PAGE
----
Hypotonic fluids in neonates

Screenshot 2014-04-13 14.45.57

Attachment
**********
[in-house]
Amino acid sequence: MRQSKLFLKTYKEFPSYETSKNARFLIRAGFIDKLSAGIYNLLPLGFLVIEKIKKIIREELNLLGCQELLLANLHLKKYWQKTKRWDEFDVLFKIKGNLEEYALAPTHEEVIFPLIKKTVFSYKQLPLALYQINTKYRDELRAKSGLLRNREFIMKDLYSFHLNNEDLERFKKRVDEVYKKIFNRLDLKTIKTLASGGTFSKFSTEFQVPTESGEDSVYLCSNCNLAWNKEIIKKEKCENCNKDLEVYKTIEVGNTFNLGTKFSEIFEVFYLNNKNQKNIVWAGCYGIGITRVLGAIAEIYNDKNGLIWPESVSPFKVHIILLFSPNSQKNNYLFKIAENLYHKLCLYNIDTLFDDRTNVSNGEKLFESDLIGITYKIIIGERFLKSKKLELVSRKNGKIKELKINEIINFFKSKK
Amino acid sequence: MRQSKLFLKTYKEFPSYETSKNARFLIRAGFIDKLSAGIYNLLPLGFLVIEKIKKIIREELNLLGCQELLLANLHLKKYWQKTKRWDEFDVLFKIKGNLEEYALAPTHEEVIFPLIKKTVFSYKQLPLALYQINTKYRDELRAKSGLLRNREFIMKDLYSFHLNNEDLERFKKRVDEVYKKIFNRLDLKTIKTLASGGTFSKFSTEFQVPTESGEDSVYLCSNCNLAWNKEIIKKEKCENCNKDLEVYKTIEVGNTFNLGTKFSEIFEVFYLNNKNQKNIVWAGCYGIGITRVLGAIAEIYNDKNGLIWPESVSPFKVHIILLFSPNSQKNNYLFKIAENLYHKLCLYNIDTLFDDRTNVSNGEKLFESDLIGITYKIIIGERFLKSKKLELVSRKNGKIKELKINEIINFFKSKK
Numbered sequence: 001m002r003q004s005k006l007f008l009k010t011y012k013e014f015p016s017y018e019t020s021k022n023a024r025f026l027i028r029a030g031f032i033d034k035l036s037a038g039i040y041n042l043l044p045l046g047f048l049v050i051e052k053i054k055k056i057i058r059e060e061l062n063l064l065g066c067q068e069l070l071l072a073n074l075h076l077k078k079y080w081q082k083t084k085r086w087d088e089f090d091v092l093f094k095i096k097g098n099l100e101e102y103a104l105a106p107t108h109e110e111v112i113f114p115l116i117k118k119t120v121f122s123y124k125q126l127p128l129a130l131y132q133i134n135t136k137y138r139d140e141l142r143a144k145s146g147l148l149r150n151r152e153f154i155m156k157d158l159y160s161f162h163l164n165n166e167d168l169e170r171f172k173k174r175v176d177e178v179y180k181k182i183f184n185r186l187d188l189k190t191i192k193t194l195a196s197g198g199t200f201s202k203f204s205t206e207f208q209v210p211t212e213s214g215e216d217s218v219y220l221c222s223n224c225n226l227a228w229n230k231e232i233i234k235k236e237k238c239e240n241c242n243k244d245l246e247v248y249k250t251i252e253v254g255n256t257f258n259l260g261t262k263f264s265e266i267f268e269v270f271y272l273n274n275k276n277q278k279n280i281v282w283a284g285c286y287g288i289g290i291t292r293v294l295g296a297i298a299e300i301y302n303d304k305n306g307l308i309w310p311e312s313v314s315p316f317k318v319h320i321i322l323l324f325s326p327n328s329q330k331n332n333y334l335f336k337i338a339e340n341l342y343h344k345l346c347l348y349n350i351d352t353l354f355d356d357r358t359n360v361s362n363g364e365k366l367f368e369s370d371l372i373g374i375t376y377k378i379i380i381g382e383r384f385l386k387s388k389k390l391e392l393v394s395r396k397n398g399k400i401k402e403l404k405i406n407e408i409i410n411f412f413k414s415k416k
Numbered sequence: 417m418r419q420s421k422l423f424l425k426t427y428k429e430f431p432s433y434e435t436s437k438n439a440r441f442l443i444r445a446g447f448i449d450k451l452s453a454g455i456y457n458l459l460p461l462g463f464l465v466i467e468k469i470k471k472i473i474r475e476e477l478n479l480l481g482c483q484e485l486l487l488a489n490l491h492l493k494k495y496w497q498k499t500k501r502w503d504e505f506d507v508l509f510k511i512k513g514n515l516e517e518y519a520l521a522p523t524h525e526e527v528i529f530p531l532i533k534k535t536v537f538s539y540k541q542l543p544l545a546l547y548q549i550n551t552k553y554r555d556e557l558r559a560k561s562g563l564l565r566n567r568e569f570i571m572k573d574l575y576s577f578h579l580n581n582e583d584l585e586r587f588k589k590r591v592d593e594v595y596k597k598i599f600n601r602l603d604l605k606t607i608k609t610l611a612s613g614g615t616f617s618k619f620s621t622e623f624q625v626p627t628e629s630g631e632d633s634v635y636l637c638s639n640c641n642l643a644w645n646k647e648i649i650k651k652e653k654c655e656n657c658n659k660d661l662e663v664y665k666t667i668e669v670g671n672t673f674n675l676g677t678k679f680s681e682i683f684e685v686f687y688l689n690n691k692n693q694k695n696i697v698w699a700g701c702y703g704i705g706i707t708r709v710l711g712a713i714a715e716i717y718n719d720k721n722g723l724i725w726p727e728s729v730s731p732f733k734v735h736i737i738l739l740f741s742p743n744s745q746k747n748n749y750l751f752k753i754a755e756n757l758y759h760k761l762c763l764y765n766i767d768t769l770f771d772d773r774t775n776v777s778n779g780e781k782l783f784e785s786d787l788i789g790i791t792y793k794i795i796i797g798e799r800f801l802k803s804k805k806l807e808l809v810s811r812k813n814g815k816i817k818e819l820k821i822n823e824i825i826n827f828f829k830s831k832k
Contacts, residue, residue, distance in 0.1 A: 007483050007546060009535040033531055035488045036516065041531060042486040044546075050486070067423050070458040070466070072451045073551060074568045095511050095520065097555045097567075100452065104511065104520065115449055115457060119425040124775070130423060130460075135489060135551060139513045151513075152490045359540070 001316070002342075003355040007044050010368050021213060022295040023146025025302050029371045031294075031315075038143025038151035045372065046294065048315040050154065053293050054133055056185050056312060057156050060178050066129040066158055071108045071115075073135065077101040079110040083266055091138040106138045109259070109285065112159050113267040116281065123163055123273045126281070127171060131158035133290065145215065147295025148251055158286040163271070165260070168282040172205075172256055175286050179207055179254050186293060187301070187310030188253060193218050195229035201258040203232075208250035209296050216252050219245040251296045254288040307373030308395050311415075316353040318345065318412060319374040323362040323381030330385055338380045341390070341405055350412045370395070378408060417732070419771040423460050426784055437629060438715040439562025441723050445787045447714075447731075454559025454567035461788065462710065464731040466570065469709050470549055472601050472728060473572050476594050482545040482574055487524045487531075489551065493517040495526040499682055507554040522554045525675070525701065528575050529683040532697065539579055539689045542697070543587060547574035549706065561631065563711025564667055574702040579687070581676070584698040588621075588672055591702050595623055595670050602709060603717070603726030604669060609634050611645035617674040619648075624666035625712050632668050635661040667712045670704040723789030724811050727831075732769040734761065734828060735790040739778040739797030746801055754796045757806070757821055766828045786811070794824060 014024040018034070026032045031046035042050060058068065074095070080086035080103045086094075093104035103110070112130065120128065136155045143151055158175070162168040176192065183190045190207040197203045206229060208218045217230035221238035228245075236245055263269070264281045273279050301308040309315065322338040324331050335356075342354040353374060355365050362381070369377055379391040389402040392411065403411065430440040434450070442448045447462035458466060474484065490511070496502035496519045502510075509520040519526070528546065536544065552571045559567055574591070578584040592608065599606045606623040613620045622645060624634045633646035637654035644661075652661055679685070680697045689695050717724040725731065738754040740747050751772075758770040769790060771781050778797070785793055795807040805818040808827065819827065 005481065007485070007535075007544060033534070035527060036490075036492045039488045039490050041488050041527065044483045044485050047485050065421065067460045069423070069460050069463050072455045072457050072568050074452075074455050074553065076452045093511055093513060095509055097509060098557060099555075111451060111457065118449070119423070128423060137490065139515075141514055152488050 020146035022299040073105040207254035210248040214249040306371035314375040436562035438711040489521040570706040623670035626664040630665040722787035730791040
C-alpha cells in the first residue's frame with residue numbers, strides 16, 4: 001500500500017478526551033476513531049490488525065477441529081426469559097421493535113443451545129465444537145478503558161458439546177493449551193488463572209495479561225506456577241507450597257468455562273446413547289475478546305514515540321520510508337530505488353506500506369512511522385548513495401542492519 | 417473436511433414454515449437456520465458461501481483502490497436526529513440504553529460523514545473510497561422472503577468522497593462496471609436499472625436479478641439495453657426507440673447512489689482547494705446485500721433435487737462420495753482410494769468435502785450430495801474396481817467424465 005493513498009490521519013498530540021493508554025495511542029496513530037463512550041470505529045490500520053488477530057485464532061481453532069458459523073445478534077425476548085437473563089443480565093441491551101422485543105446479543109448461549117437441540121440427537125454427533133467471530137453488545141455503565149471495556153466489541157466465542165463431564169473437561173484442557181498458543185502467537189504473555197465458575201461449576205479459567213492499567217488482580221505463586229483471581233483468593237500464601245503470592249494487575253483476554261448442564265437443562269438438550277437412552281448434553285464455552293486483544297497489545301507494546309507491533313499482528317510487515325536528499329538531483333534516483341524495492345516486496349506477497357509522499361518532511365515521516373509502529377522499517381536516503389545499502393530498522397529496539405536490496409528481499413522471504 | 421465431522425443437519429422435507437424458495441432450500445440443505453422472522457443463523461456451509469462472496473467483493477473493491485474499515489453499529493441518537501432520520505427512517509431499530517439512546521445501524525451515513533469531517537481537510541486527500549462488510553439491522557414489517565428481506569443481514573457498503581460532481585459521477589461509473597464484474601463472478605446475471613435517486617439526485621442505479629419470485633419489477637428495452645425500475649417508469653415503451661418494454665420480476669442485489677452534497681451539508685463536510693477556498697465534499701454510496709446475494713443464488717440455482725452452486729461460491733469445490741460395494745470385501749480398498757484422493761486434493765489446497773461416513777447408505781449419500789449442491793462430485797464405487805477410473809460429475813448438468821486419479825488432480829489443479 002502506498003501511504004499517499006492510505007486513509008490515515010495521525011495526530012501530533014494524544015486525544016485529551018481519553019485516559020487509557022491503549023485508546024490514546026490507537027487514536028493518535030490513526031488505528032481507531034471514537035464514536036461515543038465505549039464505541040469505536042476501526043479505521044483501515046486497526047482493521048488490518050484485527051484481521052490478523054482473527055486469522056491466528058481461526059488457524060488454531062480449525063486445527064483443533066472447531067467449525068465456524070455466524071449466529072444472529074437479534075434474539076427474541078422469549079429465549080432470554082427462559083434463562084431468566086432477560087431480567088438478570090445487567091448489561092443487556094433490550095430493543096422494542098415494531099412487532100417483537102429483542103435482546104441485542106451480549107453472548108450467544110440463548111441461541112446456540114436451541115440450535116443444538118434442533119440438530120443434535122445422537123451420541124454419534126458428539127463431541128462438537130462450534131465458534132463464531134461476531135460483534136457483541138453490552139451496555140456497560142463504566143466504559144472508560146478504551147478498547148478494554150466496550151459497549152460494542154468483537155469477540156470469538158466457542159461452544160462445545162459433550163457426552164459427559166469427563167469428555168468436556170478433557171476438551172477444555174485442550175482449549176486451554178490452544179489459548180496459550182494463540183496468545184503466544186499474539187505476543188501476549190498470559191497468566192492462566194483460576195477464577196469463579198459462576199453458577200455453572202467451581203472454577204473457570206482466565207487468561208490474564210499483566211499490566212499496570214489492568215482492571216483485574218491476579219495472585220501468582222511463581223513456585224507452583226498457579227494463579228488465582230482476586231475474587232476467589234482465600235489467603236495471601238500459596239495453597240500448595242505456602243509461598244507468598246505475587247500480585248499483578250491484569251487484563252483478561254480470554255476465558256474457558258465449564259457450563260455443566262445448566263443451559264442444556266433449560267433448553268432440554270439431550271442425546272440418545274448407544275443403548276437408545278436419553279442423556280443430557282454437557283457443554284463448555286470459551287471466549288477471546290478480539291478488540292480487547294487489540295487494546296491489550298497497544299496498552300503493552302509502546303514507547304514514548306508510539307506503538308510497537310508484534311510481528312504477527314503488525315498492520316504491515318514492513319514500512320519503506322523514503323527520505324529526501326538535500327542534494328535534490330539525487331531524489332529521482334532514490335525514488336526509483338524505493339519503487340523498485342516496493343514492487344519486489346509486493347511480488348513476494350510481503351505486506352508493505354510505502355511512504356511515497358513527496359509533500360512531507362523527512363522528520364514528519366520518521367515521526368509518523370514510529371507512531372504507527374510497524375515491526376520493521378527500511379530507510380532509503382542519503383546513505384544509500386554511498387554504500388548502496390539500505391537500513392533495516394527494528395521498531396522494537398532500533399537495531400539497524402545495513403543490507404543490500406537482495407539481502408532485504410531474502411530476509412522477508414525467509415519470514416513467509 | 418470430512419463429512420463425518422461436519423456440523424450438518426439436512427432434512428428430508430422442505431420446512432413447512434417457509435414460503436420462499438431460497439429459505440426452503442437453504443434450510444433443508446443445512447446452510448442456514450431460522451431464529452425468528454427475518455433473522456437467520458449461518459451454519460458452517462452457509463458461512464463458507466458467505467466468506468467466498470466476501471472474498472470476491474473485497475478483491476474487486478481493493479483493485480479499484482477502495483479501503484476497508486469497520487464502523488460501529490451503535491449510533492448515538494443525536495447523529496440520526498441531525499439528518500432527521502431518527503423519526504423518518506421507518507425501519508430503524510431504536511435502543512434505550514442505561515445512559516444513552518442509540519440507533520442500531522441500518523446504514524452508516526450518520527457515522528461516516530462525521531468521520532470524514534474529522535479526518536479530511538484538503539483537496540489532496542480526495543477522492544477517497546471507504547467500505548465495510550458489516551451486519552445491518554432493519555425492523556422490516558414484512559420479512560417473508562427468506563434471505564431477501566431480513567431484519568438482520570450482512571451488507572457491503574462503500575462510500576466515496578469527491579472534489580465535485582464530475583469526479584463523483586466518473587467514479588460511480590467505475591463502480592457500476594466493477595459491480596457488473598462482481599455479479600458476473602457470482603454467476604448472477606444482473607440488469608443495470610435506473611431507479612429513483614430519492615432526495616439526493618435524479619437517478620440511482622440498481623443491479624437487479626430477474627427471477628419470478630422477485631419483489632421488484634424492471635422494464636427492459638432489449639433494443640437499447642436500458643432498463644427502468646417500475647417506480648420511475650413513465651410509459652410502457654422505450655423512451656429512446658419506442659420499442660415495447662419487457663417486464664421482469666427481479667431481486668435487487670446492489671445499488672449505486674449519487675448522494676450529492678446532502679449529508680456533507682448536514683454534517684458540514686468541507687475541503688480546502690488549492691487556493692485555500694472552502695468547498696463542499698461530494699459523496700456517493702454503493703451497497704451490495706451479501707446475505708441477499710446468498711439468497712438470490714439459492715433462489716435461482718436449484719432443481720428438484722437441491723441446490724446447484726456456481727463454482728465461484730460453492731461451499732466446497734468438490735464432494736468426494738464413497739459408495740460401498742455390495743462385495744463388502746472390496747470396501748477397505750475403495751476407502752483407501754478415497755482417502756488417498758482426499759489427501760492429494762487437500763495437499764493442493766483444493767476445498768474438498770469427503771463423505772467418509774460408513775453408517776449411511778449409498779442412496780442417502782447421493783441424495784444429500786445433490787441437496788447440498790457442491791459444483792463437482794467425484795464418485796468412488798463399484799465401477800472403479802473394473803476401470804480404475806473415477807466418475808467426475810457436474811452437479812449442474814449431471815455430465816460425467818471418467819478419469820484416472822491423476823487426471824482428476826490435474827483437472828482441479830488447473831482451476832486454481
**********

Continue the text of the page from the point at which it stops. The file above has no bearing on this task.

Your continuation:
In March 2014, BJA published a study on sodium levels in neonates after different types of maintenance IV fluids during abdominal or thoracic surgery. Spoiler alert: Hypotonic fluids resulted in lower postoperative sodium levels. Duh. If you didn’t know this by now, you haven’t been reading the pediatric anesthesia literature over the past decade or two. The authors seems to know this as they point out several times in the article that their study is unique because it included neonates for the first time, and they cite surveys from Great Britain that demonstrate that hypotonic fluids are still used in some centers. I hope this really isn’t true. I’ve been using isotonic fluids in the perioperative period in all aged children since the 1980s, and even surgeons and pediatricians have reverted to use of isotonic fluids in the postoperative period for at least ten years. My friend P.A. Lonnqvist (we enjoyed a beer together in an Indian restaurant in San Francisco at the ASA) wrote an accompanying editorial, which pretty much says the same thing, only with greater tact.

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